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The coming Iran-Iraq war

January 10, 2013 - 1:49:38 am

Khalid Al Sayed


US defence secretary Leon Panetta signed a document at the end of 2011 ending the war in Iraq. However, there was no jubilation in Iraq after the departure of the last US tank. One reason could be that after the US invasion and Saddam Hussein’s ouster, Iraq came under the control of Iran. What Washington did was actually hand over the keys of Iraq to Iran on a gold plate, and another chapter of Iranian domination over Iraq started, and became complete with the ascension to power of Nouri Al Maliki as prime minister.

In two years of Arab Spring, the pace of political developments in the region has been dizzying. 

Several regimes crumbled. But despite the overthrow of Hosni Mubarak, Ben Ali, Muammar Gaddafi and Ali Abdullah Saleh, Syrian President Bashar Al Assad has been able to cling to power despite a continuing revolution. The reason for this is Iranian support, which has helped the regime to resist a revolution of close to two years.

 All these developments are pointing to the increasing influence of Iran in the region. Add to this the latest developments in Iraq (which is being called Iraq Spring), where Sunnis are rising in protest against discrimination by the Maliki-led government. 

The Sunni protests started in Fallujah in Anbar province and then quickly spread to other areas like Samarra, Ramadi, Tikrit and Mosul. The protesters are seeking the overthrow of the sectarian government in Baghdad and an end to Sunnis’ marginalisation.

It seems that the outbreak of Iraq Spring is linked to the Syrian Spring, because, if the Syrian revolution succeeds, the Iraqi Sunni Spring will be successful too. And the reason behind this link is the Iranian control over the situations in both countries – Tehran’s support to Al Assad in Syria and Al Maliki in Iraq.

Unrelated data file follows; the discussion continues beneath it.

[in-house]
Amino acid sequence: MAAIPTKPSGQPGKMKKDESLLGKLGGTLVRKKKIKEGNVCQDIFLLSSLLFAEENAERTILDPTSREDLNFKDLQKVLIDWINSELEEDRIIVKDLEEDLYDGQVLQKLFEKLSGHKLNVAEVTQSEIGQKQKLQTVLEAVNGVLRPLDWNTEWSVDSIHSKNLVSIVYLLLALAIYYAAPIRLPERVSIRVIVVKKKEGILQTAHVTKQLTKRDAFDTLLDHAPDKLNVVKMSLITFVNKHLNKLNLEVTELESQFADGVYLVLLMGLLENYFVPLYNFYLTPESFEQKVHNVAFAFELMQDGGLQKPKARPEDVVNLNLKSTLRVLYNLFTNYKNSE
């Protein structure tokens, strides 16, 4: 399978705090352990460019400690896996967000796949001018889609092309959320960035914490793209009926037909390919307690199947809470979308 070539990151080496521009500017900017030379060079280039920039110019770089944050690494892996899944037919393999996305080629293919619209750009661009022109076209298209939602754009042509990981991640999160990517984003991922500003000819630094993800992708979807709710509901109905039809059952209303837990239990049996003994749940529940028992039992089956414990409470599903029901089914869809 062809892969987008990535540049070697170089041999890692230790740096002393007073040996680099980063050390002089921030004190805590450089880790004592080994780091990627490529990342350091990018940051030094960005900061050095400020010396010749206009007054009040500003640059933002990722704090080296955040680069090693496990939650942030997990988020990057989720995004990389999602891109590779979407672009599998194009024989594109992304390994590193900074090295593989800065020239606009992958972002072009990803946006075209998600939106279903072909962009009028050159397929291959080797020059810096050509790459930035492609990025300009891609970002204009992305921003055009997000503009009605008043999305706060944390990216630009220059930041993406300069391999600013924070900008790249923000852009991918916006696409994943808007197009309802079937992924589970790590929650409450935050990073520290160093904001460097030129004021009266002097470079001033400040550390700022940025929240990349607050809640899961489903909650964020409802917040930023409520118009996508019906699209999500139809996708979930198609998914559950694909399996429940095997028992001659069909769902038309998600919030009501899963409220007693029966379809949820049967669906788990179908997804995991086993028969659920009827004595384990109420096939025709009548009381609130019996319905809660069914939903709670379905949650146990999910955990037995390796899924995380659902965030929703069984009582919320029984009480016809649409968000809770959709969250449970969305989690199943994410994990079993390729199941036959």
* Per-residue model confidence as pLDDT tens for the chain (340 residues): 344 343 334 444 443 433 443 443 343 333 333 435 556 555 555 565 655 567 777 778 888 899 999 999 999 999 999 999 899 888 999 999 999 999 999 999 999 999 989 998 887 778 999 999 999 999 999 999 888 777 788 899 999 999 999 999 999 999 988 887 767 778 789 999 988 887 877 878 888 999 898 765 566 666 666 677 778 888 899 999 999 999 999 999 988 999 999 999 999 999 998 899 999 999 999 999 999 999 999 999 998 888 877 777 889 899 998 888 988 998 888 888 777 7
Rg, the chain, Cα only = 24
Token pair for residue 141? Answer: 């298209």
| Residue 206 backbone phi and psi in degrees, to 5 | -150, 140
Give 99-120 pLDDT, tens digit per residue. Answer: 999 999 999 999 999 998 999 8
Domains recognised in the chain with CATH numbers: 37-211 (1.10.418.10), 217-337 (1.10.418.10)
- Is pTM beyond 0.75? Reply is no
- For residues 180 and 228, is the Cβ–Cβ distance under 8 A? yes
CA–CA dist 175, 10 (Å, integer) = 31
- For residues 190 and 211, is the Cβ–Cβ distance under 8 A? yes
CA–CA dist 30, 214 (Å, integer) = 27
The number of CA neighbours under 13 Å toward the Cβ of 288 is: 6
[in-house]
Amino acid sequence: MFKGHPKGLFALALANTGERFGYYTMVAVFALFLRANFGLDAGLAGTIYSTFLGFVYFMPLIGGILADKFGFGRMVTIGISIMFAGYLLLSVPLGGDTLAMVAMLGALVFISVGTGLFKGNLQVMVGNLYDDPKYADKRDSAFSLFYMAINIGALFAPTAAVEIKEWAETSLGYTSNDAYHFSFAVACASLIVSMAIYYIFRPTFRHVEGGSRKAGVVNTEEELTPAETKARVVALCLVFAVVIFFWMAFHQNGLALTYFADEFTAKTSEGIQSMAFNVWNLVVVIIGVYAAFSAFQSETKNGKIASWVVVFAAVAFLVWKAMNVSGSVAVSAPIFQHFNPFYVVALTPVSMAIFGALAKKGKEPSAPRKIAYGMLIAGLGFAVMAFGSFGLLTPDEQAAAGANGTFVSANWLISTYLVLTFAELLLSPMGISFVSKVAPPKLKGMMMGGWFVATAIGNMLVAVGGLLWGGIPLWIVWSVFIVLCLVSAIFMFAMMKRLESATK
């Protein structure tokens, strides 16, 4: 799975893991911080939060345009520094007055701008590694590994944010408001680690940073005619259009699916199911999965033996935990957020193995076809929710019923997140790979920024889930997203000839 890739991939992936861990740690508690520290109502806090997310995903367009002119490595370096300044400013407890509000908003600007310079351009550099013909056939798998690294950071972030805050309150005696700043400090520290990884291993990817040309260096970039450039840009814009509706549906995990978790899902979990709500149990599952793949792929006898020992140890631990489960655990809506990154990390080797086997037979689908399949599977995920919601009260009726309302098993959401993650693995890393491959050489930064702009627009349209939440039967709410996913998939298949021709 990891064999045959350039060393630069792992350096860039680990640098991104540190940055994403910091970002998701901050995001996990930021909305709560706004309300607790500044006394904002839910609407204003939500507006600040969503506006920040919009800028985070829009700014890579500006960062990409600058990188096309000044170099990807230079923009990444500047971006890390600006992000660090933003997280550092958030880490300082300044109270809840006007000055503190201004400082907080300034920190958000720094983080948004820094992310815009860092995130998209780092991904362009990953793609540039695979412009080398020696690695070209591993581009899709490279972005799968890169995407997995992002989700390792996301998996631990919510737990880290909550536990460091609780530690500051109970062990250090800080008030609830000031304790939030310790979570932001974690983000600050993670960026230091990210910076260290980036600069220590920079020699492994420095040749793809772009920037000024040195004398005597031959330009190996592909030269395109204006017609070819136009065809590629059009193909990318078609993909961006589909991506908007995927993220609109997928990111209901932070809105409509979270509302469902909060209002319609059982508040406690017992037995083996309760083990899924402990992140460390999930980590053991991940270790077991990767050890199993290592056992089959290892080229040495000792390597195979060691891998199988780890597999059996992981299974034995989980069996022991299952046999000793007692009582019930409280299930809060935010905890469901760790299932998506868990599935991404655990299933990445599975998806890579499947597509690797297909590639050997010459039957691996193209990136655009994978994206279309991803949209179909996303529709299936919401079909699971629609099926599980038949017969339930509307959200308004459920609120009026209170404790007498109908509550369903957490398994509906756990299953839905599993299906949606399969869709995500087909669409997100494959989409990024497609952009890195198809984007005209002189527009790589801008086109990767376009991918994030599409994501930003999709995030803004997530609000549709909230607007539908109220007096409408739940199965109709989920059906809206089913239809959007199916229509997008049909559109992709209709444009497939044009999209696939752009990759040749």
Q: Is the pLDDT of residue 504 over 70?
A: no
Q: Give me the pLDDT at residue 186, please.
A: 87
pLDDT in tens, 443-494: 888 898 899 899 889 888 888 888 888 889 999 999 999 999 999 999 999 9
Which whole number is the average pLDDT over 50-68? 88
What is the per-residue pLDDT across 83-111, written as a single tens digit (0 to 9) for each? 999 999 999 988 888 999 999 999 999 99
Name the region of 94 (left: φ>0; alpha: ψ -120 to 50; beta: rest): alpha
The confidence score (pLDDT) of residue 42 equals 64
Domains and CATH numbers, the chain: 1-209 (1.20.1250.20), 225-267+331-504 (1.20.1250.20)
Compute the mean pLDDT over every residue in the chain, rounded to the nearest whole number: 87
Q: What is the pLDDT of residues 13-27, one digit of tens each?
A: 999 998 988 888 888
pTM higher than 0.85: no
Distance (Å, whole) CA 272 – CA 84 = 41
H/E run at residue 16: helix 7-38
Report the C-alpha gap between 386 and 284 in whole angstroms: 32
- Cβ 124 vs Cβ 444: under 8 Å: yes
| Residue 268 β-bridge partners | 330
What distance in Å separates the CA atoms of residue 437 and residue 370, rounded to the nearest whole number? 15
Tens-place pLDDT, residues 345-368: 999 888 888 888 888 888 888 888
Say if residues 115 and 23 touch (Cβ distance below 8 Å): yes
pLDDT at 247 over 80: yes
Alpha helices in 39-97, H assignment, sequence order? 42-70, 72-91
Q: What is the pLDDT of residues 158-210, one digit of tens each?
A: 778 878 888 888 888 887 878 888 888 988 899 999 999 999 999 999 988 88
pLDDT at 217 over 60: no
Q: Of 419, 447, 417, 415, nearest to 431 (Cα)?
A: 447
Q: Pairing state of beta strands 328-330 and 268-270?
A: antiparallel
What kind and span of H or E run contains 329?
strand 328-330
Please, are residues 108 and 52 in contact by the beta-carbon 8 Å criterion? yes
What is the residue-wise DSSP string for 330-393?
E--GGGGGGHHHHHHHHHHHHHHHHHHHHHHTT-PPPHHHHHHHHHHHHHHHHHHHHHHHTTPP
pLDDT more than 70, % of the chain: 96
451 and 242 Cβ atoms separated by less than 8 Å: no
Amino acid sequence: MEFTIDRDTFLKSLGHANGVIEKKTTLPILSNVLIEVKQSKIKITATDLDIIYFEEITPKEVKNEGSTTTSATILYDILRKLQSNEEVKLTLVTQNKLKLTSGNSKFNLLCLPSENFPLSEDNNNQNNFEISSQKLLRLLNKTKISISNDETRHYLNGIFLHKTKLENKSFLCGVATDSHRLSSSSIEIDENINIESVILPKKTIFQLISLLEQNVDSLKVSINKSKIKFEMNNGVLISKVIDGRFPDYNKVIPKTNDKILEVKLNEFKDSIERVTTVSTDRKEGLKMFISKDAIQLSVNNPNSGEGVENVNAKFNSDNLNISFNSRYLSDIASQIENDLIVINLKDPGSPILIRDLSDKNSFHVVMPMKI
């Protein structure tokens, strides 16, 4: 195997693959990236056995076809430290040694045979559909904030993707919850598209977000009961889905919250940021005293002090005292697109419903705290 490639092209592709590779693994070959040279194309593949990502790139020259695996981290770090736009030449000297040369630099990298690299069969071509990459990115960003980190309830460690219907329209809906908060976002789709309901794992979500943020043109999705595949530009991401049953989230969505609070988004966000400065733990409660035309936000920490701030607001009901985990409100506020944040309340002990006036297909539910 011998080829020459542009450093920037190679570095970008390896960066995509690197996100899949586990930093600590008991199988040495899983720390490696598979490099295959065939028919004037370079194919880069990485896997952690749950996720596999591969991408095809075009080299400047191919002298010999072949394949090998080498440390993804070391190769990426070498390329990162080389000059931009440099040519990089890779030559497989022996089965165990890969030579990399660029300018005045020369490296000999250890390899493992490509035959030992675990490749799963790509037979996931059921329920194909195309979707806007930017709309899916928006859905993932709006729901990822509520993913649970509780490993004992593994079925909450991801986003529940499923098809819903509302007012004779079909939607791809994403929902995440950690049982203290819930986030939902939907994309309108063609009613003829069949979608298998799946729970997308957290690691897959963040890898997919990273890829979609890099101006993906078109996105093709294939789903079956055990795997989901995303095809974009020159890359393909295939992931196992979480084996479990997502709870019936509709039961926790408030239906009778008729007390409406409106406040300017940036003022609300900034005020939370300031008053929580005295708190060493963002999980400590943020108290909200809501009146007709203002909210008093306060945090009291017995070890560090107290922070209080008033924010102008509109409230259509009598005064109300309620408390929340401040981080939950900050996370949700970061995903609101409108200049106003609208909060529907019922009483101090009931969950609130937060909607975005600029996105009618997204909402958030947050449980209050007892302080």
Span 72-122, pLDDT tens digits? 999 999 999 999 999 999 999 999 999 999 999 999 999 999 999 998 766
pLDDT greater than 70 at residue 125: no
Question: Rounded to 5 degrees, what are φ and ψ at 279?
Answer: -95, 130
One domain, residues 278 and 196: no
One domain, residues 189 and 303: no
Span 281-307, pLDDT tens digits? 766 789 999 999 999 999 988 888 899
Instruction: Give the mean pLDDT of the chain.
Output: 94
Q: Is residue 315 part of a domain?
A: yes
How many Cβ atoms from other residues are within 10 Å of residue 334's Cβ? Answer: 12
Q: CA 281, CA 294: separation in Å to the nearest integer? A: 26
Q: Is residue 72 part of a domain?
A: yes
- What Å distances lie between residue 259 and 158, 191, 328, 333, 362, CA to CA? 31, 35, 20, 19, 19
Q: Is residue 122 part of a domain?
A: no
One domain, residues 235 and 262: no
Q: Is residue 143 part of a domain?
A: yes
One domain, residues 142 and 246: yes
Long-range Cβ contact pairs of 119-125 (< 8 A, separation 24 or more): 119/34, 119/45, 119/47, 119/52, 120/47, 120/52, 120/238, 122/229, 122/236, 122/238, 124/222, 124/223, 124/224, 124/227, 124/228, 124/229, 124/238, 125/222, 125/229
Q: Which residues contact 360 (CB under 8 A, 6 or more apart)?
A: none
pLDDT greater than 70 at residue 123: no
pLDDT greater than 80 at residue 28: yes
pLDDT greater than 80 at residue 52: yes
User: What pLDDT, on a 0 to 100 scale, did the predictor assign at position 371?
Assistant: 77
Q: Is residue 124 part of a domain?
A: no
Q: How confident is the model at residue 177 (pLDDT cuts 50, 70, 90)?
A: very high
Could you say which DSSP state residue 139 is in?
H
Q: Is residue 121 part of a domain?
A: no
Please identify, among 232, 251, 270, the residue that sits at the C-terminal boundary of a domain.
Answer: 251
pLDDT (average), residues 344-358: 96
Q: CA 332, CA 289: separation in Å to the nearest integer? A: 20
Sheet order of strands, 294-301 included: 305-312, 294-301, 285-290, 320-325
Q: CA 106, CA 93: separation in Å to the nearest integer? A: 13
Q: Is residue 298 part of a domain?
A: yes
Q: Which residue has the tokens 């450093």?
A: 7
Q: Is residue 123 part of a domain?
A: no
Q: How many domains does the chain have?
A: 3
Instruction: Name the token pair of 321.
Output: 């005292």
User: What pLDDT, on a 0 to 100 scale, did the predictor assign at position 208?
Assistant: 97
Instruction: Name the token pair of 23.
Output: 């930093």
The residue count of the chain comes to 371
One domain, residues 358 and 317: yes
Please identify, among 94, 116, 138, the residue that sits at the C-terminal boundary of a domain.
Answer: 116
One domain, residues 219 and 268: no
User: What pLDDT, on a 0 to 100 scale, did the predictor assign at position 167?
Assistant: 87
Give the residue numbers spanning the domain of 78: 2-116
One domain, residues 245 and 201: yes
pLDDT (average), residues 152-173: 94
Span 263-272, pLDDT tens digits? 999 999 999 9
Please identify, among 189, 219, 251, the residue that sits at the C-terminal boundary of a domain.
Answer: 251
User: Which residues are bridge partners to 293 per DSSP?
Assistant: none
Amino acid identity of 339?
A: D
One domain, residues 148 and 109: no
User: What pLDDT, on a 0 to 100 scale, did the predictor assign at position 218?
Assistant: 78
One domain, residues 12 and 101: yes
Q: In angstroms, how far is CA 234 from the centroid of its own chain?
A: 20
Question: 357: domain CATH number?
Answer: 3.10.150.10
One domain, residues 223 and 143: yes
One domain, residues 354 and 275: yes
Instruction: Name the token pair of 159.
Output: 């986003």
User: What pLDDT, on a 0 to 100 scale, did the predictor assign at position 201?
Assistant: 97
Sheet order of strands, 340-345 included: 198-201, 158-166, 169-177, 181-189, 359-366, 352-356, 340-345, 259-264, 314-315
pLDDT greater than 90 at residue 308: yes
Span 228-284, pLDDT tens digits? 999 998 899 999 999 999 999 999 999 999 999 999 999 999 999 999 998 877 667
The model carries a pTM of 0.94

Iran is well aware of the importance of the survival of both regimes for its strategic interests and wants to consolidate the Shia Crescent in the Middle East, and also wants to continue to export the ideology of Faqih (Jurist) governance. 

Thus, Iran is trying with all its strength to maintain the Alawite regime in Syria and Shia rule in Iraq. 

Others see a different strategy by Iran. Tehran’s support is worsening and complicating the situation in Iraq and it is using sectarianism to further its interests. By using the weapon of sectarianism, it’s trying to ease international pressure on the government of Assad, and there are fears that the unrest could spill into Lebanon in the coming months and cause chaos there. 

Another interpretation of these events is that the US withdrawal from Iraq and its handover to Iran could be a trap by Washington, to keep Iran stuck in Iraq and thus keep it away from the Gulf states and oil resources. 

It’s also possible that history may repeat itself and make us witness another Iraq-Iran war with the same bitter results. This time the war will be in a new form – a Sunni-Shia war in which Iran is expected to support Shias in Iraq and the GCC the Sunnis in Iraq, in the same way as they supported Saddam Hussein.

The coming days will reveal what we do not know.  The current developments show that the situation is moving towards a sectarian war in the region, and more specifically between Arabs and Persians, who may use Iraq as a battlefield. 

But Arabs (Sunnis and Shias) should not get dragged into the policy of Faqih and Murshed ideology and must prevent the realization of Zionist plans to destabilise the Arab world.

The Peninsula